Derek Boshier

San Francisco

at Steven Wolf


British Pop, the movement with which Derek Boshier (b. 1937) was first associated in the ’60s, along with art-school mates David Hockney and Allen Jones, was the first and last of Boshier’s stylistic affiliations. During the next decade-the period covered in this show of over 40 pieces-he began exploring edgier mediums of the day, like assemblage and experimental film.


Predating his move to the United States in the ’80s, the works ranged from enigmatic conceptual pieces such as History (1976)-an unnamed cassette tape attached to the face of a wall-mounted rock, as if the artist were suggesting a fusion of geological prehistory and the technological present-to more populist forms, such as the children’s book How Hudson Saved Rock City (1971), featuring fat walking lips with a tongue sticking out, an image that was supposedly filched by the Rolling Stones for their famous logo. Better known are Boshier’s songbooks and album covers for The Clash and David Bowie; drawings for these were also on view.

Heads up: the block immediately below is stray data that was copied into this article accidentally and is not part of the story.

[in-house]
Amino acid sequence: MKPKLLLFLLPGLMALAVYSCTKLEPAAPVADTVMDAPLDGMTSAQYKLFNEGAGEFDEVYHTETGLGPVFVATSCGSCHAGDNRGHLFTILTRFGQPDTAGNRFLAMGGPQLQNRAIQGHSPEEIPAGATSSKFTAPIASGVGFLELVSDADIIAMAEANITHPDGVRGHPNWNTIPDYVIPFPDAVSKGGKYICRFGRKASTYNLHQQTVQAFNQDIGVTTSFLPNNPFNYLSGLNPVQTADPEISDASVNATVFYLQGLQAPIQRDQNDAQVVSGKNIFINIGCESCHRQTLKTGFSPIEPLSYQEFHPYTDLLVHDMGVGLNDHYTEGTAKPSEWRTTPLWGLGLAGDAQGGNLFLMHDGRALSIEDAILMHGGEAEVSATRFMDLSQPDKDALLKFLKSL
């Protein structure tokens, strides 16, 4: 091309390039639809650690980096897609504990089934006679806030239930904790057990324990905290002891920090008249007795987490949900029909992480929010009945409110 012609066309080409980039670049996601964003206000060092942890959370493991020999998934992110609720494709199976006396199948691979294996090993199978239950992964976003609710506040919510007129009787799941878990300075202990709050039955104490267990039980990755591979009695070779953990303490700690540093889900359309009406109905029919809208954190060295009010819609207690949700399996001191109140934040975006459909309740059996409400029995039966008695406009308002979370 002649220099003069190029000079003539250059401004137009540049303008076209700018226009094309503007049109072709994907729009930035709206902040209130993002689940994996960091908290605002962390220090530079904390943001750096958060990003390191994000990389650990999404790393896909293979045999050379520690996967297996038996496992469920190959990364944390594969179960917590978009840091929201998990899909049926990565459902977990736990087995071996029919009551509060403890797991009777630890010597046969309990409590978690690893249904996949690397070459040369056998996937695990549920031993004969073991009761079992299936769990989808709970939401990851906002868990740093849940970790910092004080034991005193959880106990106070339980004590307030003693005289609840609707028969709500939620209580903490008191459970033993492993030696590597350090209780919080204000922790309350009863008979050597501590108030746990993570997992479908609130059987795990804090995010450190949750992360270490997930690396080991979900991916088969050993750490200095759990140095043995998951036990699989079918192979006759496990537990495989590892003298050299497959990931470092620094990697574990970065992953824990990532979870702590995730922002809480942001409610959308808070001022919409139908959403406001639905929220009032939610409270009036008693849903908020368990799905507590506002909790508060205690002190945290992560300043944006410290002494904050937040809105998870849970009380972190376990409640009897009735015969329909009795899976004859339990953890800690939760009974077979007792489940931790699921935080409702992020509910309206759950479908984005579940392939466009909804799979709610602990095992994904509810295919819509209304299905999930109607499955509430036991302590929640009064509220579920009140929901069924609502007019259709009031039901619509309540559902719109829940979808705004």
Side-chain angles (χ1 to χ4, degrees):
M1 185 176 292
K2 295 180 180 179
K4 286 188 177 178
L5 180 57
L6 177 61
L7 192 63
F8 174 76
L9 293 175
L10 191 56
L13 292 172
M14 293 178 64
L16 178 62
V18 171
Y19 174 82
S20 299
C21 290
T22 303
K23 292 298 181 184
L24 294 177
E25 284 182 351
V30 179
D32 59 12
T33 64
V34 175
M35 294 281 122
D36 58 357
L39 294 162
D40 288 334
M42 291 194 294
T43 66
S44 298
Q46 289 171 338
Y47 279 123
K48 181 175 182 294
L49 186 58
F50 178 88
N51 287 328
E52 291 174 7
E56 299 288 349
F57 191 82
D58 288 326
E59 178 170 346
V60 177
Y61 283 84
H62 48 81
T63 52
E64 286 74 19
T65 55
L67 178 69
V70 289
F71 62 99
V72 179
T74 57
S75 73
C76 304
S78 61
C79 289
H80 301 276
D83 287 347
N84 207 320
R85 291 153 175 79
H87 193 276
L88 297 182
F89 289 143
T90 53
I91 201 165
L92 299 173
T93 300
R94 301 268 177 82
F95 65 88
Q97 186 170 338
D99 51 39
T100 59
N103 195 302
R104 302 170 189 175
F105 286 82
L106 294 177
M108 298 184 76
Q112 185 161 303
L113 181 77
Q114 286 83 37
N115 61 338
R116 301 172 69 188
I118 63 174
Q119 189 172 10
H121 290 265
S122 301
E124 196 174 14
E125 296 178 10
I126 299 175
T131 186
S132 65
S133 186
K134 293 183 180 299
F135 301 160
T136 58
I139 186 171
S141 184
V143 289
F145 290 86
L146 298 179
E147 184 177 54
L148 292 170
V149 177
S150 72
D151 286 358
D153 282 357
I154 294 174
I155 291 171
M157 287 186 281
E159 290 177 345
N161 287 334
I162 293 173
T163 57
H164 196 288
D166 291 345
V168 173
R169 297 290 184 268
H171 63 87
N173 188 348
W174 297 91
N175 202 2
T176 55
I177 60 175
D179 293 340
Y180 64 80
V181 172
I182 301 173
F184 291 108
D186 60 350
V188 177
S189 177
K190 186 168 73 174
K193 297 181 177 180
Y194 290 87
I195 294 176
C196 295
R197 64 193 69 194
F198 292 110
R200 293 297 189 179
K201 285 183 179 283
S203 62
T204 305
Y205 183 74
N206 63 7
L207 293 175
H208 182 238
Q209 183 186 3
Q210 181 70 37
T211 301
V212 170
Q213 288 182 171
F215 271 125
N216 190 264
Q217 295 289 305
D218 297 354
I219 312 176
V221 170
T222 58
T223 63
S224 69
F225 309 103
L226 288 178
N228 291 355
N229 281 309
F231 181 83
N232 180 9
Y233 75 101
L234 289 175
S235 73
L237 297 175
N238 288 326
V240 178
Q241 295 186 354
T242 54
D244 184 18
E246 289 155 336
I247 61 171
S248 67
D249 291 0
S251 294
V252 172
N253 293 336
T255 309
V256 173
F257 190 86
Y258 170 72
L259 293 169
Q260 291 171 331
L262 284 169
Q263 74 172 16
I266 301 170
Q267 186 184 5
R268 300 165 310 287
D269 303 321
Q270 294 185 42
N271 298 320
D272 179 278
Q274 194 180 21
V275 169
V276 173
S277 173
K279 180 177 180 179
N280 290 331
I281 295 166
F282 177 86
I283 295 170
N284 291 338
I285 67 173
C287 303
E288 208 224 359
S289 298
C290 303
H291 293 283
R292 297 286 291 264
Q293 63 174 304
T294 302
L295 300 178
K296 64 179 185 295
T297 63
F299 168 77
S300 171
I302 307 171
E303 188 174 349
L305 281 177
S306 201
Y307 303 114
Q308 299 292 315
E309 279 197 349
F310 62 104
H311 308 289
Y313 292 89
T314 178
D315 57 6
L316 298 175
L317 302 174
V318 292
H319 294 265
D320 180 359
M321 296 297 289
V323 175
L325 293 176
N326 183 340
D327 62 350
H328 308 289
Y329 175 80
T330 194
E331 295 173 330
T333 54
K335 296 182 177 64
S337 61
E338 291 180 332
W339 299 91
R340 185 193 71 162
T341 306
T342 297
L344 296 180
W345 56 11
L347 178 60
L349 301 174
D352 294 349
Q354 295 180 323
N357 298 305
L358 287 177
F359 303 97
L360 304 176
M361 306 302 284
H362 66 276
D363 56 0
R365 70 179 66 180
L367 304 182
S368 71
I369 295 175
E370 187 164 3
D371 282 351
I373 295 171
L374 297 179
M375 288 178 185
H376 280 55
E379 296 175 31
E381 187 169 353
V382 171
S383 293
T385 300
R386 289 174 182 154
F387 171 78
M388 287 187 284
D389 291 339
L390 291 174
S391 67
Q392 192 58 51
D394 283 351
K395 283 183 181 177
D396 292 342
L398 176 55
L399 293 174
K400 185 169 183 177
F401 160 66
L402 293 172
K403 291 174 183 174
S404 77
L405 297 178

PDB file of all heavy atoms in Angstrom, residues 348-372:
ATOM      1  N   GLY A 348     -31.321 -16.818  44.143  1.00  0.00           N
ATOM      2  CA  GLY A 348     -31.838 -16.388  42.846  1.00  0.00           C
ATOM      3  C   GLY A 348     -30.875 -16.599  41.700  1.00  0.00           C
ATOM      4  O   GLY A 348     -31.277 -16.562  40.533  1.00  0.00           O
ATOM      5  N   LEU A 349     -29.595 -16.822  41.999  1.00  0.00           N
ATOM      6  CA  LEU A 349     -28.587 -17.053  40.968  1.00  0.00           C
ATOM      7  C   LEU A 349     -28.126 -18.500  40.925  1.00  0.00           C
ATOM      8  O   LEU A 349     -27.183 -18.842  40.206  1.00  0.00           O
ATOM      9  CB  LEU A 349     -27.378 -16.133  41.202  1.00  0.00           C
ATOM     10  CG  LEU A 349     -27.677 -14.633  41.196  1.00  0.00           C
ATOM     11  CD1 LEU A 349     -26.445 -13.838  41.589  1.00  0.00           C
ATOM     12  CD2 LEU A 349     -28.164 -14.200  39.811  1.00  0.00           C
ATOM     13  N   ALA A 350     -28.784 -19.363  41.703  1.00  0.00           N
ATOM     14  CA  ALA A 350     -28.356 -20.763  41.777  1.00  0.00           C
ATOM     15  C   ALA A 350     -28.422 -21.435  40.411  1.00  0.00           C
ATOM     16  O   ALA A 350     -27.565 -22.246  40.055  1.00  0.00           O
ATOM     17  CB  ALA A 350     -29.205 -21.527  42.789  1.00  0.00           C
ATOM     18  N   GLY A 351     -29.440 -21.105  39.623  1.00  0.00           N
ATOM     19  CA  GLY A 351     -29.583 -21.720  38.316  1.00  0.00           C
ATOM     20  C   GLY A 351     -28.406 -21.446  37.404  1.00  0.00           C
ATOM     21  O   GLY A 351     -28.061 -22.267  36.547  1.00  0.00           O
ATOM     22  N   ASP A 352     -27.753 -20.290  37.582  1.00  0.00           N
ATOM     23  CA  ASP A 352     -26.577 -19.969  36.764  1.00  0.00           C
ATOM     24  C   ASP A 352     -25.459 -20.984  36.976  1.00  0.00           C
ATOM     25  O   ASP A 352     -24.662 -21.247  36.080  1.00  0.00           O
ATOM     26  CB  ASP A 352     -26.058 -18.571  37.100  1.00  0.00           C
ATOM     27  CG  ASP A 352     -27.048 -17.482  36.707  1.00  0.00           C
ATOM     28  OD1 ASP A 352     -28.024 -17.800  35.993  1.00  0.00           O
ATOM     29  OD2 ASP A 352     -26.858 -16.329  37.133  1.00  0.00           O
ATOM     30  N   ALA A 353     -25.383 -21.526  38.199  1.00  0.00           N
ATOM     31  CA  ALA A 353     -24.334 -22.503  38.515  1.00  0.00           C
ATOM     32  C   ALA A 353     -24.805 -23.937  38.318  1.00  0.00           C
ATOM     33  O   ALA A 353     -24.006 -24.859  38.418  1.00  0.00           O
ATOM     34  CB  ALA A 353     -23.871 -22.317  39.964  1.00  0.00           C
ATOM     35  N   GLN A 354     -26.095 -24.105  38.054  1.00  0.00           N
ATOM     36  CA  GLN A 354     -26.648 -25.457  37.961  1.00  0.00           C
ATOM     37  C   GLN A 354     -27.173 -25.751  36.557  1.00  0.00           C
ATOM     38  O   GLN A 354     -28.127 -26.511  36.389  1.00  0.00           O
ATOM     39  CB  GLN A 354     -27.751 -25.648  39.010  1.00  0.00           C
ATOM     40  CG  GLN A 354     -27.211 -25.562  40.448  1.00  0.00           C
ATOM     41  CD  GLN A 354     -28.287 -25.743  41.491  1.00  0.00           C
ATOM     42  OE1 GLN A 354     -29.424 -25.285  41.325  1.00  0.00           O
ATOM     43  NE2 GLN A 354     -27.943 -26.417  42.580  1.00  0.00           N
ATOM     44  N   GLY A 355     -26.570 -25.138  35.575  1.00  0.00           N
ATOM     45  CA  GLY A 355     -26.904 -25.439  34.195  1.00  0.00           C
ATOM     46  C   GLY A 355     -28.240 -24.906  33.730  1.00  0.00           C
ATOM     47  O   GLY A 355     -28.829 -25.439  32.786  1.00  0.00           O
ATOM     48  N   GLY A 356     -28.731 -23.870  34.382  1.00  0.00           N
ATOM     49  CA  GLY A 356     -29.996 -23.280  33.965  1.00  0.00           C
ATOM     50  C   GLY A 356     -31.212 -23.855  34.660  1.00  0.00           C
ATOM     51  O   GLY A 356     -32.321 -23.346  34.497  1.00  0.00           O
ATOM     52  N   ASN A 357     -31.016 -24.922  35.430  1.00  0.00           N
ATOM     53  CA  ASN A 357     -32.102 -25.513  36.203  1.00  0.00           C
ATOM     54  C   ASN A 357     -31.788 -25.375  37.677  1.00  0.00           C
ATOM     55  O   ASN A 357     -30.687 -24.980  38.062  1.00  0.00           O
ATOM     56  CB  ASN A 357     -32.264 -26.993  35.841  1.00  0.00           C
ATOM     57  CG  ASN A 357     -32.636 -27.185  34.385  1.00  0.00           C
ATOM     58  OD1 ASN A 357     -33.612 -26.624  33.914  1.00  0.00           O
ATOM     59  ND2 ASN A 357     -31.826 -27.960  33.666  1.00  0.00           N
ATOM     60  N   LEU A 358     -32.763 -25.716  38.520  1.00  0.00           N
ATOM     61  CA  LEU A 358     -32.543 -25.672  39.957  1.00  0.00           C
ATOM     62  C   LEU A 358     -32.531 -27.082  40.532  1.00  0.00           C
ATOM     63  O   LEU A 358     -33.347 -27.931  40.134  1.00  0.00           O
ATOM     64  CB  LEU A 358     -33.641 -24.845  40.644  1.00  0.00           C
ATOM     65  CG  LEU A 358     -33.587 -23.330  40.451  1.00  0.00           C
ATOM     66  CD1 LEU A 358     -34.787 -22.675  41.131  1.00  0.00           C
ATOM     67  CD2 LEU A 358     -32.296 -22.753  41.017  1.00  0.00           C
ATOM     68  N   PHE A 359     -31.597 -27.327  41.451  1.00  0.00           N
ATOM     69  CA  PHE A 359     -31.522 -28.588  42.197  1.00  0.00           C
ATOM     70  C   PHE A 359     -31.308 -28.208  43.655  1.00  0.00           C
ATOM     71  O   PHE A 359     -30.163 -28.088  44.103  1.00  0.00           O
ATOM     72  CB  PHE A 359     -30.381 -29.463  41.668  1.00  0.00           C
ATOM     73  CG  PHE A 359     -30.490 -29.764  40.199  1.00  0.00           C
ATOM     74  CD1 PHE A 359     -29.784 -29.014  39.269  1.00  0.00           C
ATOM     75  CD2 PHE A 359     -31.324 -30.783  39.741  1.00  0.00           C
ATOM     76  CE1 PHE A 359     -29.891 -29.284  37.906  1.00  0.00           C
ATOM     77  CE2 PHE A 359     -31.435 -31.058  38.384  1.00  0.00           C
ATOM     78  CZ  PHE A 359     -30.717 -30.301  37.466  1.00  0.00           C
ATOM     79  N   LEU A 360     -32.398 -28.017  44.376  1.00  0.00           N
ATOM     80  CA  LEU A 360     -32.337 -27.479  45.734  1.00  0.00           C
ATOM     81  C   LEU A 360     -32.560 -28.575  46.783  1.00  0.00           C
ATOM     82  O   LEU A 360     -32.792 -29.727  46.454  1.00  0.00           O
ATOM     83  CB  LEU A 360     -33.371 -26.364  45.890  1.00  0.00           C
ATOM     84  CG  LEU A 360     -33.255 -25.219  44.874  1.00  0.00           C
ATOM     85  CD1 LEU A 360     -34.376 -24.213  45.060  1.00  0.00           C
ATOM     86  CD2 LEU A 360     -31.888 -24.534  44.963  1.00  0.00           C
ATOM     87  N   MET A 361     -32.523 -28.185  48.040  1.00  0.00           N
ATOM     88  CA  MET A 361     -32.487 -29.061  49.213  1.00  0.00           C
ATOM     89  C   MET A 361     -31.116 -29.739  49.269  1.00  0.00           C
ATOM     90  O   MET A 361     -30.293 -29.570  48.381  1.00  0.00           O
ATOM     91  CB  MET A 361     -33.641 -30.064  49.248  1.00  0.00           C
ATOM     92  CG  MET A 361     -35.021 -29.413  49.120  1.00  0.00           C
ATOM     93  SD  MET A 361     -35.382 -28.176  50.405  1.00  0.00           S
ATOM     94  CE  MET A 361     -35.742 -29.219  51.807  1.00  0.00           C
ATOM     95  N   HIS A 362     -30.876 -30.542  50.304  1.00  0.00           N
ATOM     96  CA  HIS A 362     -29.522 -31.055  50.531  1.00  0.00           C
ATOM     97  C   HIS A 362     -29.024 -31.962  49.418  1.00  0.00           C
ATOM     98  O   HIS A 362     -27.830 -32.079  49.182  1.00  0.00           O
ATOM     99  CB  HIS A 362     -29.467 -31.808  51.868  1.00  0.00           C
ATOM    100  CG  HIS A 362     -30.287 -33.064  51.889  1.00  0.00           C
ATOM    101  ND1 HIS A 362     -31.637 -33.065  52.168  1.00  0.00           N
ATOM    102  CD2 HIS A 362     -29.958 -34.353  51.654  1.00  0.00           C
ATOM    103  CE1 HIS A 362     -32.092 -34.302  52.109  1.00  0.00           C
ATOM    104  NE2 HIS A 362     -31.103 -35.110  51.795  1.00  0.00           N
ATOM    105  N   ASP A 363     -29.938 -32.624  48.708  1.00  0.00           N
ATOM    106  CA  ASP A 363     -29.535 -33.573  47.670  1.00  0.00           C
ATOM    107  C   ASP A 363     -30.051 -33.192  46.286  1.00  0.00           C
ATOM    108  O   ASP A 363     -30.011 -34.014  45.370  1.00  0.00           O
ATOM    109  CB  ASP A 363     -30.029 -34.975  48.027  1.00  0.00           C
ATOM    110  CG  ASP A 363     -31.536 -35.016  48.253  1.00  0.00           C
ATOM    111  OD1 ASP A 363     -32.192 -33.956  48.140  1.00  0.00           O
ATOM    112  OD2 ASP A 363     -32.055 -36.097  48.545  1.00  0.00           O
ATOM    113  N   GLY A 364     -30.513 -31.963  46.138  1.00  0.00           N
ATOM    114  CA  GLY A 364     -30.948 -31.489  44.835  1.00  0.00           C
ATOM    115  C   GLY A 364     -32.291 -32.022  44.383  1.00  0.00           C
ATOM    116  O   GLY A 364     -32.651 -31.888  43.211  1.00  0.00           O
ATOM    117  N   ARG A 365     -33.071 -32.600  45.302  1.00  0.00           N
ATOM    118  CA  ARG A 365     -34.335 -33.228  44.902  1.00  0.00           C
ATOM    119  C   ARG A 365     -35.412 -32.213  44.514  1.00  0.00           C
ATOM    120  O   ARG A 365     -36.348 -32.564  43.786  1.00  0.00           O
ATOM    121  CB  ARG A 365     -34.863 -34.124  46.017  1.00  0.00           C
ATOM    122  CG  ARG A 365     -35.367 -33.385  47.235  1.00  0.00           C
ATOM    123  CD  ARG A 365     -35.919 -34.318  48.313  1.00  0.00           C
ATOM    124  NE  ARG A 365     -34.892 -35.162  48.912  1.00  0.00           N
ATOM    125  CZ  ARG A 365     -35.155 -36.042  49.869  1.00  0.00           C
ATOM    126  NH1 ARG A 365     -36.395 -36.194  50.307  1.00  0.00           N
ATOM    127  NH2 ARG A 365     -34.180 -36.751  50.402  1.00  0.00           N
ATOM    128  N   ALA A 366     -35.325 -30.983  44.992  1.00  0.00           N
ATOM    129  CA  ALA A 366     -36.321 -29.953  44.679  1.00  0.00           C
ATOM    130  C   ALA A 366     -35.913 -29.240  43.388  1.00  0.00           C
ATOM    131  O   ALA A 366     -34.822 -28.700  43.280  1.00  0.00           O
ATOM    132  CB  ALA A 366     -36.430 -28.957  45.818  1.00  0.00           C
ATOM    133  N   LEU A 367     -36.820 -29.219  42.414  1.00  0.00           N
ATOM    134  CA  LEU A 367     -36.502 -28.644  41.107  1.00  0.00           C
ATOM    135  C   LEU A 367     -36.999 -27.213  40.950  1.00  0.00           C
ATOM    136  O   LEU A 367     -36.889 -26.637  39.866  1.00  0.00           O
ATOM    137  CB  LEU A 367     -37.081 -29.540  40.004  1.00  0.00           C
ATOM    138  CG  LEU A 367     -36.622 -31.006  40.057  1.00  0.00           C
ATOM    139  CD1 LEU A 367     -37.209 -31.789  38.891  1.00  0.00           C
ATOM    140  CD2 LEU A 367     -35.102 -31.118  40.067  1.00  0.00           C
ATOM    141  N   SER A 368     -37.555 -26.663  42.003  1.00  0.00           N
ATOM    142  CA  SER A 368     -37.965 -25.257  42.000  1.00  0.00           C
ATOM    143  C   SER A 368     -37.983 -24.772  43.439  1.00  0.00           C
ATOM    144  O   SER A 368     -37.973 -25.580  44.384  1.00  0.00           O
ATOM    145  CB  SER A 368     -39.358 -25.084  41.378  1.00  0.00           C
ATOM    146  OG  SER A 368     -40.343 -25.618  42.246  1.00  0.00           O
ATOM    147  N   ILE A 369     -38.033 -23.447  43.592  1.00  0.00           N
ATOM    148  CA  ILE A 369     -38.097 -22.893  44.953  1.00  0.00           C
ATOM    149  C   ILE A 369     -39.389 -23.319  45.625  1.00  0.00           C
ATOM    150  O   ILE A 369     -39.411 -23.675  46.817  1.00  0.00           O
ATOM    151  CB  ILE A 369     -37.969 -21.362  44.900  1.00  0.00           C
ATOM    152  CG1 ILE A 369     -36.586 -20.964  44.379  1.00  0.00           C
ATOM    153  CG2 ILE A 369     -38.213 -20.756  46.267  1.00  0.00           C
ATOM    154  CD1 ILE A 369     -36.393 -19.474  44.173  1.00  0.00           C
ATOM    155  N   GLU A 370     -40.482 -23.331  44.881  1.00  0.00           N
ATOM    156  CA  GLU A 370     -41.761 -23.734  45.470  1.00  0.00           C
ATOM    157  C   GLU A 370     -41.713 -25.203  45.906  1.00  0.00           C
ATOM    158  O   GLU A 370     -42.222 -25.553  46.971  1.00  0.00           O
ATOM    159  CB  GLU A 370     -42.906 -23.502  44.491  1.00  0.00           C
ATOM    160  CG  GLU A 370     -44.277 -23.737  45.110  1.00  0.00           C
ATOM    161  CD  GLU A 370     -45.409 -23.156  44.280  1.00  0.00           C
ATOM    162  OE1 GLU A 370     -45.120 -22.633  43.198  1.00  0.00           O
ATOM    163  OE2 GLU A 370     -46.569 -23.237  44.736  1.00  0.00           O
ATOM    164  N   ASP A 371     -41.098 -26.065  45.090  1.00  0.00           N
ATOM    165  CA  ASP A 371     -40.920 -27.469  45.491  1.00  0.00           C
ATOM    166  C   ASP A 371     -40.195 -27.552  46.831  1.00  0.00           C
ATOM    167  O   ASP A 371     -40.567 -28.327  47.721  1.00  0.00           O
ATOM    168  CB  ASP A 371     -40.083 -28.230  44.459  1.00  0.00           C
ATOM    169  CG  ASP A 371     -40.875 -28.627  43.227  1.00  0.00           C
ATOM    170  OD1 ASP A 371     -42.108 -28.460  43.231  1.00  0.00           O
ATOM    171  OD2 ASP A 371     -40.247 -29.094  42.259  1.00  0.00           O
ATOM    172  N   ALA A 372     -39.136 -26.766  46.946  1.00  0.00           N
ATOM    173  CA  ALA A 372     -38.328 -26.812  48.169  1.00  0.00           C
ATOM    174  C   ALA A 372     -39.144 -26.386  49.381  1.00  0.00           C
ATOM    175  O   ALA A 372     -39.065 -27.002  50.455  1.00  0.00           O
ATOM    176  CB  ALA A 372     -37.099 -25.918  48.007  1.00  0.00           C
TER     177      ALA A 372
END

The punch line of one work, featuring a 2-inch-high picture of Richard Nixon torn from a newspaper and trapped within a mazelike pencil drawing, is its title-Drawing Lines Round Things Is a Sign of Madness (1972). Left unclear is whether this phrase applies to Boshier, his subject or both. Newspaper clippings and politics pepper his collagist art, and he also invented his own front page-an offprint broadsheet with hand lettering titled The Stun (1979), a pun on the British rag The Sun. Two separate headlines combine to read “Queen Likes . . . Violence in Northern Ireland,” but in reading the subhead, we discover the first article actually refers to a new T.V. series.


Boshier lampoons the art world and those who lampoon it-inadvertently or not-in the lithograph Artist (1975), based on an Artforum spread (identifiable by the telltale proportions). On one side are collaged clippings: an ad for Hogarth Laundry, lowbrow cartoons of busty statues, and Kirk Douglas as van Gogh wearing a straw hat in the 1956 biopic Lust for Life. High art fares no better in the unintelligible artspeak found in a page from an Artforum article occupying the facing page.


Bound by no rules, Boshier’s hardscrabble esthetic and political bent remind me of the work of slightly older Beat generation California artists such as Bruce Conner and Wally Hedrick, motivated, like Boshier, by artistic freedom, not fame.


Photo: Derek Boshier: The Stun, 1979, ink and gouache on illustration board, 15 by 11 inches; at Steven Wolf.